Princess Marina of Greece and Denmark who married Prince George Duke of Kent on 29th November 1934. Source
Even a simple accessory can convey the essence of an era. Always remember your own personal style and your comfort. If you don’t want to wear a statement headpiece, then don’t! Think about your hair styling and your make up and use this to help complete your look in a way that fits with your personality.
(Vintage-inspired Czech crystal hair slide – from a selection at Cherished. Dress, “Violette” with lace sleeves, Heavenly Vintage Brides. Photographic credit: Robert Lawler.)
The lower cut and draped necklines of 1930s dresses also allow for a statement necklace to be worn, so why not seek out a vintage rhinestone necklace as your principal accessory?
Vintage diamante necklaces, from a selection at Cherished.
And, for the winter bride, how about a fur (faux or vintage authentic, depending on your preference) shrug or capelet?
During the 1940s, inspiration from Hollywood, from couture fashion houses, and from our own Queen’s wedding in 1947, fuelled a desire to leave the bleakness of wartime rationing behind and bridal fashion followed the escapist trend towards the picturesque.
A string of pearls, worn at the neck, or around the wrist works beautifully with this look, and are a wonderful complement to a demure beaded pearl headpiece.
The 1940s bridal outfit was often completed with matching accessories, such as a hat, often adorned with birdcage veiling and flowers, a fur stole or shrug, handbag and gloves. Long veils also remained popular, though tended now to be worn at the back of the head, secured by an elaborate and headdress, often with a high, coronet design.
For many modern brides, Fifties and Sixties-style fashion fits well into their idea a fun and relaxed wedding. Original vintage wedding dresses from these decades are quite readily available and affordable. Shorter length dresses were very popular, and whether you are considering an original vintage design, or a modern version, you have a wonderful opportunity to show of a pair of spectacular shoes. For headwear and other accessories, the options are plentiful and offer a great deal of room for flair and personalisation.
Shorter veils, with a more gathered or bouffant shape suit the fuller skirted dresses of the 1950s. These look wonderful worn with a classic, princess style tiara – either diamante or pearl. Original vintage headpieces can be sourced relatively easily from specialist vintage dealers and antique fairs. Or you can draw inspiration from the wonderful costume jewellery of the period and have a jewelled pieces created in a style that works for you.
Pearl headbands work exceptionally well with dresses from these eras, especially lace gowns, giving a lovely romantic and feminine look.
Look out for headpieces that echo the embellishment on your dress. There is no need to be overly worried about precise matching, though. Concentrate instead on the general tones eg silver or gold metal; warm cream or pale ivory pearls.
For jewellery, don’t be afraid to bend the rule of having only one statement piece. For Sixties- influenced brides, consider a full ‘parure’ or suite of jewellery – with co-ordinating necklace, earrings and bracelet. Maybe even go as far as including a tiara. Pulling off this ‘more is more’ approach is harder than a more minimalistic one, but done well, the effect is stunning. There is plenty of inspiration out there – and not just vintage. Take a look at recent couture fashion shows, where statement filigree or rhinestone jewellery have been used with amazing effect.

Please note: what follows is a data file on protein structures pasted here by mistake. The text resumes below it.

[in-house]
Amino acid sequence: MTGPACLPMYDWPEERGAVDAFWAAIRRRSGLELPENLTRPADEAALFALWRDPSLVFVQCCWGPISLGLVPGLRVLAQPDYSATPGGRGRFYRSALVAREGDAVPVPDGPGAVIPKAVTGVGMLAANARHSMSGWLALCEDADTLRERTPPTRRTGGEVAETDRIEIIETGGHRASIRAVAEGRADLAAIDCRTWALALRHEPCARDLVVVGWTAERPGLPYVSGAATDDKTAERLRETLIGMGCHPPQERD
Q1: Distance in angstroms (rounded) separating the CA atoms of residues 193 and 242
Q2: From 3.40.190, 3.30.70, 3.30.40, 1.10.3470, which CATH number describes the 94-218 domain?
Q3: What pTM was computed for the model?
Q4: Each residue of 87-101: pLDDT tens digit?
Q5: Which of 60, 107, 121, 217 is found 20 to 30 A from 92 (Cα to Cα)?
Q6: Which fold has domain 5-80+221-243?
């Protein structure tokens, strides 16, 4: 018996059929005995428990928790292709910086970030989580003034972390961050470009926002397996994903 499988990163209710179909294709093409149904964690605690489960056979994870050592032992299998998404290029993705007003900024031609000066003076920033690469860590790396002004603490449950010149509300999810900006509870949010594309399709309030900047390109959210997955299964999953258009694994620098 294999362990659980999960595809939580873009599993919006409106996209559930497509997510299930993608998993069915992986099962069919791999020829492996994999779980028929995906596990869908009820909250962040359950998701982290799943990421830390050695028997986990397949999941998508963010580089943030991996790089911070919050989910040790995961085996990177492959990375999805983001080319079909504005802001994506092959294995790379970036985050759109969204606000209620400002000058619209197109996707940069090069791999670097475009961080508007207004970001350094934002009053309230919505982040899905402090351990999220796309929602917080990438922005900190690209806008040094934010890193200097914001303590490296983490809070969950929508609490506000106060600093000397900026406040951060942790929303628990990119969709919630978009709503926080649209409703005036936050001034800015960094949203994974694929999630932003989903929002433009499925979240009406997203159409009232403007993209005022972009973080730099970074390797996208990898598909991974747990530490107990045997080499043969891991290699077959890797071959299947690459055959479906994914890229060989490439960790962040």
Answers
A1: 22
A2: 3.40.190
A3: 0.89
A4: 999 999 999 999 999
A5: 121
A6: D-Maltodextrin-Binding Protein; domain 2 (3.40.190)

There is no reason why you should limit yourself to clear crystal and pearls in your bridal accessories. Why not embrace colour in your accessories? A pretty and playful 1950s inspired dress works wonderfully well with a bold headpiece. Or contrast a demure 1960s style gown with a colourful statement headband.
And remember, a full and high hairstyle gives you scope to carry a bold tiara. Brides are often surprised by the scale of headpiece they end up choosing. I don’t find this all that surprising – headwear, and especially tiaras – are not part of our everyday wear. But when worn in beautifully styled hair and with a fabulous gown, it just somehow ‘works’. My advice is to be experimental, and try lots of different styles and designs. It helps if you have a clear idea of how you want to wear your hair when you begin your search for hair accessories, but sometimes, it works in reverse and the tiara you fall in love with, will shape the way you style your hair.
What if you don’t have a specific era in mind for your wedding attire? Is there still scope for incorporating vintage accessories? Most definitely, yes! There is no reason why you shouldn’t use an Edwardian brooch to accessorise a strikingly modern gown. A vintage diamante necklace or string of pearls can be draped in the hair to great effect. There need not be any desire to reference the fashion preferences of a past decade for vintage to work for you.
The beauty of accessories that feature vintage or antique elements is about more than era-specific styles and shapes. It can be about wonderful craftsmanship and design; it can have an ‘eco’ dimension and be about using beautiful artefacts from the past rather than purchasing new; it can be about incorporating a family piece of jewellery that is of sentimental value into your wedding outfit. It can simply be about creating something that is unique to you.
Written by Abby Gadd, owner and designer for Cherished Vintage Bridal.